Let me share with you the five key benefits that support why Coaching rocks!


  1. Drives your own improvement around skill sets and behaviors needed for your personal grow
  2. Establishes a confidential and safe space for you to deeply and explore yourself
  3. Creates achievable goals by maximizing your superpowers (or key strengths)
  4. Builds personal awareness while exploring what makes you successful
  5. Increases your overall engagement levels and connection to your passions, values and goals

You now have a framework around the benefits of Coaching, so let’s press on.

You are a ‘kick-ass’ boss! You are doing a great job moving your business forward. Now comes the fun part, developing your team. Wait … What, to be a great leader, you need to be good at driving a business and growing your team? Yep, that’s what I’ve been saying! Believe it or not, great leaders need to do both. While advancing through my career I learned my behaviors and actions as a leader mattered as much as the business results I delivered. I loved to grow and develop the talent and people both on my team and within the organizations I served. One of the most rewarding parts of my job was watching my team flourish, grow, and deliver great business results.

One of the most important things you do as a leader of people is hold frequent coaching conversations, with your direct reports. I did this religiously and took this part of my role very seriously. I never “winged” it. I prepared for these important discussions. These meetings show your people that you care and you are invested in them. Again, you, as a boss, are only ever as strong as your team. Investing in your team is a #1 priority.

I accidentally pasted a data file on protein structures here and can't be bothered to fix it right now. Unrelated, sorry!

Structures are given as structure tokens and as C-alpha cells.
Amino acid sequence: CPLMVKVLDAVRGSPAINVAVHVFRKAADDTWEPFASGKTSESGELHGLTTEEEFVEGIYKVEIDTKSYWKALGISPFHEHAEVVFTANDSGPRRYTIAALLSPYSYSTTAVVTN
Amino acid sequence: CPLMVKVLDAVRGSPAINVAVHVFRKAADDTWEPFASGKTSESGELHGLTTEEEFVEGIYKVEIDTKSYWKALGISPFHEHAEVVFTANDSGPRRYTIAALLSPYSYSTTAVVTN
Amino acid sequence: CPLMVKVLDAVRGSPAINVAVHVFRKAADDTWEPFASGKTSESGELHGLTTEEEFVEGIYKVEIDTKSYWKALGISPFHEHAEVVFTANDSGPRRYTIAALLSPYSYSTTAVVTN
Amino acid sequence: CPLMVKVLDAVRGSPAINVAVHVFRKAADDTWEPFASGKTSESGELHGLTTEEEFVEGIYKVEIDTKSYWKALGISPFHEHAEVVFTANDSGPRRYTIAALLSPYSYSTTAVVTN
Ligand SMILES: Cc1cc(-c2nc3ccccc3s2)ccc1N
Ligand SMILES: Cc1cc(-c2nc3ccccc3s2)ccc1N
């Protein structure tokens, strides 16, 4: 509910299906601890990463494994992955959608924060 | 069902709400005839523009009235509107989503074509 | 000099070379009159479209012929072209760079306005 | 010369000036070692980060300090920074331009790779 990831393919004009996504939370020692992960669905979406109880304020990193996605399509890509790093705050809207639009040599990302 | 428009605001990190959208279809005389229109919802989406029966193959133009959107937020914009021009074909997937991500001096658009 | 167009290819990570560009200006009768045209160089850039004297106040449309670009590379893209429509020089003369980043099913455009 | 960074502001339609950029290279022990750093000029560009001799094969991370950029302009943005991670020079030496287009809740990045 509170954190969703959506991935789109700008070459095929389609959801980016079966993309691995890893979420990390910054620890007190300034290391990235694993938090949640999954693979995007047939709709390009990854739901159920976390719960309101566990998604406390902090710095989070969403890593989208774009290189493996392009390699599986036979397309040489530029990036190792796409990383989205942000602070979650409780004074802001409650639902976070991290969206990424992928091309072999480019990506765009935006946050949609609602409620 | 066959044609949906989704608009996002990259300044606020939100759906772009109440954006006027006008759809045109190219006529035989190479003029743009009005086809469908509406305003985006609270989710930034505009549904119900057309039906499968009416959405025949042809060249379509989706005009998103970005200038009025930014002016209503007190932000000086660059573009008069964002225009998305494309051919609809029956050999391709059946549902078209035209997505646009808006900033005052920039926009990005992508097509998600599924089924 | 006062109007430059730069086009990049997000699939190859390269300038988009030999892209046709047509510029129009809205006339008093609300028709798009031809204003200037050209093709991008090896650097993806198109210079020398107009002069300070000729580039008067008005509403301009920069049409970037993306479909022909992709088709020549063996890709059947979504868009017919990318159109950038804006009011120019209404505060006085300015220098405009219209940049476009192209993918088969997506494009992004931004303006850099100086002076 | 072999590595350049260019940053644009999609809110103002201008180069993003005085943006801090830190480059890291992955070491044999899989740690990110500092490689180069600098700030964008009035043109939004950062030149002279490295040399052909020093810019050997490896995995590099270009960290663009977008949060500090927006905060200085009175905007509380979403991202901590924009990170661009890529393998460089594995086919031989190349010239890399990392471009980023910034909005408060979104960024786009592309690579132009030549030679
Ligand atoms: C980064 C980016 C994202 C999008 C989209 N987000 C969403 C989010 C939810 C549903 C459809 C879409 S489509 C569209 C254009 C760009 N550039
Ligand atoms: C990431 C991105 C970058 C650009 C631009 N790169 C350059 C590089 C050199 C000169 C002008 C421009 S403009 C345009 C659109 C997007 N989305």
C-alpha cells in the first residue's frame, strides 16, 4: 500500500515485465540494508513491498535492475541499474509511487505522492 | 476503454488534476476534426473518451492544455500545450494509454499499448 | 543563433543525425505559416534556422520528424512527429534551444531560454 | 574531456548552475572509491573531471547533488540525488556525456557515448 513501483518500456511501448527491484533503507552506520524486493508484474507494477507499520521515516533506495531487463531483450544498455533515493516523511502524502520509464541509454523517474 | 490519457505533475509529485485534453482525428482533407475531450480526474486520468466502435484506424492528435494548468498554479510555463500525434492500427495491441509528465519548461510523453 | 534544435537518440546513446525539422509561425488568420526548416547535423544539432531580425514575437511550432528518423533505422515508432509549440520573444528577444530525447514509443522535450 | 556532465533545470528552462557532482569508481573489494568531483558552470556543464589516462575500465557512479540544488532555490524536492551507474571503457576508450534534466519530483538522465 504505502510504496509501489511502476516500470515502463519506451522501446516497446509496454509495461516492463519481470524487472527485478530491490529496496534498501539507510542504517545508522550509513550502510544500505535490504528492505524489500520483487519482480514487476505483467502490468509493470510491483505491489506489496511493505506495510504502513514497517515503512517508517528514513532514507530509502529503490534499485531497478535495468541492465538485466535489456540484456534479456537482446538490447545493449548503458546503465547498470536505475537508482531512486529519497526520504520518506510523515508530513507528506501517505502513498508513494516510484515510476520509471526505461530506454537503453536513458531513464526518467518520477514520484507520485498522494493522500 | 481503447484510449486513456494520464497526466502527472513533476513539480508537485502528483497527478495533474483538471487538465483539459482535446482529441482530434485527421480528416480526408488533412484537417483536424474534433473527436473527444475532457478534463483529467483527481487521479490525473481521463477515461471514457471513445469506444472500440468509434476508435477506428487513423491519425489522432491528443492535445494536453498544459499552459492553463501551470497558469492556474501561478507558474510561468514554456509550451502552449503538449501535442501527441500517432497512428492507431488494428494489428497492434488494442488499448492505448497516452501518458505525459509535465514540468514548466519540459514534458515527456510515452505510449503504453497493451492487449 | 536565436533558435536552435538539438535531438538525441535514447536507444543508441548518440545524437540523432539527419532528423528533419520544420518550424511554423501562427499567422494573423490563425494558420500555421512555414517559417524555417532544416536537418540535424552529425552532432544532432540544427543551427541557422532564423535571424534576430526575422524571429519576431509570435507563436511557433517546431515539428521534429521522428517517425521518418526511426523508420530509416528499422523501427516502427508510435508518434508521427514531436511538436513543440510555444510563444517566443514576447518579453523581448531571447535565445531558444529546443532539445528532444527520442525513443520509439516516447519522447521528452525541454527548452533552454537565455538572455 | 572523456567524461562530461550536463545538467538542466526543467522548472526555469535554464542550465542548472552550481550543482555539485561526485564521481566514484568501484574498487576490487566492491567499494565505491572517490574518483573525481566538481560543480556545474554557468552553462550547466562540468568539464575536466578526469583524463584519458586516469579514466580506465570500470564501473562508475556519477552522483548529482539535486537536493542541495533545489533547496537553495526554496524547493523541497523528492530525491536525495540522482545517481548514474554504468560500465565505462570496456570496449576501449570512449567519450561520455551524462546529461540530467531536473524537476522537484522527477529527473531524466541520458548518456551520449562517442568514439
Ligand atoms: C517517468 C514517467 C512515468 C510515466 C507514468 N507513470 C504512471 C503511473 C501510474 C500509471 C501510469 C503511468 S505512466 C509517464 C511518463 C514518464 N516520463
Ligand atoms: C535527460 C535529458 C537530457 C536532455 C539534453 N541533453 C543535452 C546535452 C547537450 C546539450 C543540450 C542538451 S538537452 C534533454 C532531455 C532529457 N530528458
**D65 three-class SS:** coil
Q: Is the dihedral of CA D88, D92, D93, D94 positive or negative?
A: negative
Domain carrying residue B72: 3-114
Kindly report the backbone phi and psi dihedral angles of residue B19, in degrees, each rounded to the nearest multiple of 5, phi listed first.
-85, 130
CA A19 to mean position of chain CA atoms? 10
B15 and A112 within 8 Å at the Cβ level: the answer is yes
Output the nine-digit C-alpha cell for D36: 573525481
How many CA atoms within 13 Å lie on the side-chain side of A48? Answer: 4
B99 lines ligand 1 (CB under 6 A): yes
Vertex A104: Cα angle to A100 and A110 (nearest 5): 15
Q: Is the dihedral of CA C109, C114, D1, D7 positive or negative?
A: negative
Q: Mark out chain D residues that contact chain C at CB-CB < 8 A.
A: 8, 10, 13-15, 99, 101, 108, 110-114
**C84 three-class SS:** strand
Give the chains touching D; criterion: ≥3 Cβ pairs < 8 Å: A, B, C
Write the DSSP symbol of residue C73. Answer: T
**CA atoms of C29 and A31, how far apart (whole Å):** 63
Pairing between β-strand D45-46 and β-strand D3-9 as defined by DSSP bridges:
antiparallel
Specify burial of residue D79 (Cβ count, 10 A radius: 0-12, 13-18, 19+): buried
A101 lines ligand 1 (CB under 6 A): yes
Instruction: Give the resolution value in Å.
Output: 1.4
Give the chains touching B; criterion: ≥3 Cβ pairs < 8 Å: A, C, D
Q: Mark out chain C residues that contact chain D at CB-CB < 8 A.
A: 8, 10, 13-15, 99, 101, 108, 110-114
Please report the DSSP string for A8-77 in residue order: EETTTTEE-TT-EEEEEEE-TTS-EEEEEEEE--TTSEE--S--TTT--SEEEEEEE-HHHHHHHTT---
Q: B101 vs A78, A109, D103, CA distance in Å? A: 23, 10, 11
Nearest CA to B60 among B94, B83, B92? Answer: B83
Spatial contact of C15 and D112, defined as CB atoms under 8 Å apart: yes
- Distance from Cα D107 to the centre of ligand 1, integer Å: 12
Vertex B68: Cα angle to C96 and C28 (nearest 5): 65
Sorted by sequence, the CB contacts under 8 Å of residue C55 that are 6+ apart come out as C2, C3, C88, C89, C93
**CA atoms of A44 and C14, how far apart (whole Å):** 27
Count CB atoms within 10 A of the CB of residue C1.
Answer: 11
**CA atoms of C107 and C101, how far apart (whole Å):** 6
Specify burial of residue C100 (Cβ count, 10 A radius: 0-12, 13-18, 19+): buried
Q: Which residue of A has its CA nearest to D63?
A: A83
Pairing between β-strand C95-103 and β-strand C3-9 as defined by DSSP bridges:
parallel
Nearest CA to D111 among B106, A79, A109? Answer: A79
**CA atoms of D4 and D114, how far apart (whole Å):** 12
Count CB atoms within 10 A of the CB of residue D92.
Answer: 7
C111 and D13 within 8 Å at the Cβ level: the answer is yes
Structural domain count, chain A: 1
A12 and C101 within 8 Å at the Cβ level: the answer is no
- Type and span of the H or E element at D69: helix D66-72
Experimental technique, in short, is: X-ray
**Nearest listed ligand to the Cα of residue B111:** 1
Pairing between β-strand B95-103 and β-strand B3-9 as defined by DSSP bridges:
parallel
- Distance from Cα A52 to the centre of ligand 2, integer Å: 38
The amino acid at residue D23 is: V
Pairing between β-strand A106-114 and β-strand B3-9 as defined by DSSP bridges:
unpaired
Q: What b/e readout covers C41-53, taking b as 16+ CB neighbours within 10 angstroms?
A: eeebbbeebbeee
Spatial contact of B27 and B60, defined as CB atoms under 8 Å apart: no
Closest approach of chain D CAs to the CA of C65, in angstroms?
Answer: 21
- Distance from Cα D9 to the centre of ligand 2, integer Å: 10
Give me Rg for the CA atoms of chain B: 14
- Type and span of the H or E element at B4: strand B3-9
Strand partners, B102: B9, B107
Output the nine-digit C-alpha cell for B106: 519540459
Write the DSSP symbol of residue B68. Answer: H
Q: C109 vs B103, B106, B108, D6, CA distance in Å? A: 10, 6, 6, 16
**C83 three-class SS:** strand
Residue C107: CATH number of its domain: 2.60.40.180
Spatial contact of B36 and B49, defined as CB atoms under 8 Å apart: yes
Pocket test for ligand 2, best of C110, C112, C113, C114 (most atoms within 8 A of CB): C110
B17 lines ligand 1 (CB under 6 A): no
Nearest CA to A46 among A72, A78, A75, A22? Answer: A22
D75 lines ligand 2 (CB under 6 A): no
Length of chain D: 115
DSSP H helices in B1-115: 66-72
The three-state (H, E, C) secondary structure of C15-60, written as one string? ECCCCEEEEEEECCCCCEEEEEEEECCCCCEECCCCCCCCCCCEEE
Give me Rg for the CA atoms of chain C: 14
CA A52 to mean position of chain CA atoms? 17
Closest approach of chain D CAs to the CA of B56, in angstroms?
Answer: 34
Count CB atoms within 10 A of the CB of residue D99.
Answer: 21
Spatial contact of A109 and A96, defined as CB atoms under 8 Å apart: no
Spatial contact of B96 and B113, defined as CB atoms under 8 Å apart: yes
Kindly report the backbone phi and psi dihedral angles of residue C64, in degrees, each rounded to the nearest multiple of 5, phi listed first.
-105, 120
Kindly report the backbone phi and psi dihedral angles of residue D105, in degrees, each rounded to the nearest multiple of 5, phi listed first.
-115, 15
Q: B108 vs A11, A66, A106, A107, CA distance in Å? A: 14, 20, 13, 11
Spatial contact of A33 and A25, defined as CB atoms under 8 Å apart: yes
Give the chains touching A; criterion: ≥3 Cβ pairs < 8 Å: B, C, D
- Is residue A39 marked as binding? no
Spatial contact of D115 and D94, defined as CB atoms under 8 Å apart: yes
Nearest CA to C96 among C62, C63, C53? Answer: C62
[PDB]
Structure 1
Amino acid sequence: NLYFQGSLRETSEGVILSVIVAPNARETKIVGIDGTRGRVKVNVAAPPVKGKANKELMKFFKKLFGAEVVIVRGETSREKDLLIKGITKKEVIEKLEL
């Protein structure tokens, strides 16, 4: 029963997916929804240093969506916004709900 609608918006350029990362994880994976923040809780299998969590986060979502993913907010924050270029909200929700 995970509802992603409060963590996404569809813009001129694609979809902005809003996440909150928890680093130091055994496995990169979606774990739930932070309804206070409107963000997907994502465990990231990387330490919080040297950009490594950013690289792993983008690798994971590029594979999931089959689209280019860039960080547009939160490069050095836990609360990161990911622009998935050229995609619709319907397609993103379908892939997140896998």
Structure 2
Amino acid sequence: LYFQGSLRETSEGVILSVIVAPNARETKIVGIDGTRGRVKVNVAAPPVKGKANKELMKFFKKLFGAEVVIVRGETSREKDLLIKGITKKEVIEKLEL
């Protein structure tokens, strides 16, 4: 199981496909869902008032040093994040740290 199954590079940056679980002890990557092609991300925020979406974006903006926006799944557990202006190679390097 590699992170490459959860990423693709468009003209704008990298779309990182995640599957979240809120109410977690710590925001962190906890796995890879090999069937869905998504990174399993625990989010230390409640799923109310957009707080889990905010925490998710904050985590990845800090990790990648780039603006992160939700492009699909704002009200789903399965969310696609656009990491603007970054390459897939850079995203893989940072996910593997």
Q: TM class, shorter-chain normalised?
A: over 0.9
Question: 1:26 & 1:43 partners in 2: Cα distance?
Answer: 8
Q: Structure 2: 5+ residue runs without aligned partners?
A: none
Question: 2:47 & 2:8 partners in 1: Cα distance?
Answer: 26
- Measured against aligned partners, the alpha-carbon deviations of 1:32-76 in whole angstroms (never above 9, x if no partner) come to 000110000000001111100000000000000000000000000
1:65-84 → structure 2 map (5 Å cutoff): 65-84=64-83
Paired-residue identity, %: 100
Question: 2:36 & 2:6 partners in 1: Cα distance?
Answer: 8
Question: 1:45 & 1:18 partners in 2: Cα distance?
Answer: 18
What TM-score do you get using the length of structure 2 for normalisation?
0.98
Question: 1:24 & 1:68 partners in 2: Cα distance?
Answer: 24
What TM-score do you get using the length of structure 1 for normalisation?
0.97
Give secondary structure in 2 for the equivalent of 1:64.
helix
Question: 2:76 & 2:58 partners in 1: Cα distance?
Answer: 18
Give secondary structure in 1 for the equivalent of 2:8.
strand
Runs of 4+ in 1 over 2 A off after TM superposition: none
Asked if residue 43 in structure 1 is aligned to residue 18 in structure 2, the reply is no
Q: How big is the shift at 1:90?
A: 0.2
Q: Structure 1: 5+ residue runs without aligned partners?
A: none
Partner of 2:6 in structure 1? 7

I want to share some of the components or preparations I use to get ready for a coaching conversation.

  1. Be intentional about the time you set aside to meet with individuals on your team.
  2. Plan ahead for a safe environment to have open dialogue.
  3. Start with the development conversations first. Chances are you will uncover the everyday work, deliverables, to-dos, and more when discussing someone’s development first.
  4. Lastly, leave your own baggage for a different meeting. This meeting is not about you, it’s about the person sitting in front of you whether physically or virtually.

To take this a bit further, and provide some additional tips, the following outlines five stages for having effective coaching conversations. I suggest you write these down, take some notes, and do a little bit of homework before starting your own coaching conversations.

  1. Find a safe place to have an open dialogue and conduct your conversation
    • Ensure you find a quiet place to sit, talk, and reflect during this growth and development conversation.
    • Create an agenda for your meeting by asking the person you are Coaching what's on their list of topics to discuss.
    • This meeting is focused on their growth and development plan, which is very different from a recap or to-do conversation. Begin with their growth plan and, if time, discuss and support their work and to-do list. Chances are their growth plan conversation will support their to-do list work as well.
    • Be ready to remain judgment free.
    • Ask questions vs giving answers.
    •Remember, growth for an individual is on their terms; you are a navigator and supporting their journey not yours.
    • Start the conversation by asking, “Tell me something good happening right now.”
    • Follow-up by asking, “What’s one thing you wish you could change right now?”

  2. Ask, listen, and really hear
    • Ask open questions; start with ‘What’ and ‘How’ – Starting with a “do” or “are” allows you to have a conversation, not answer with a yes or no.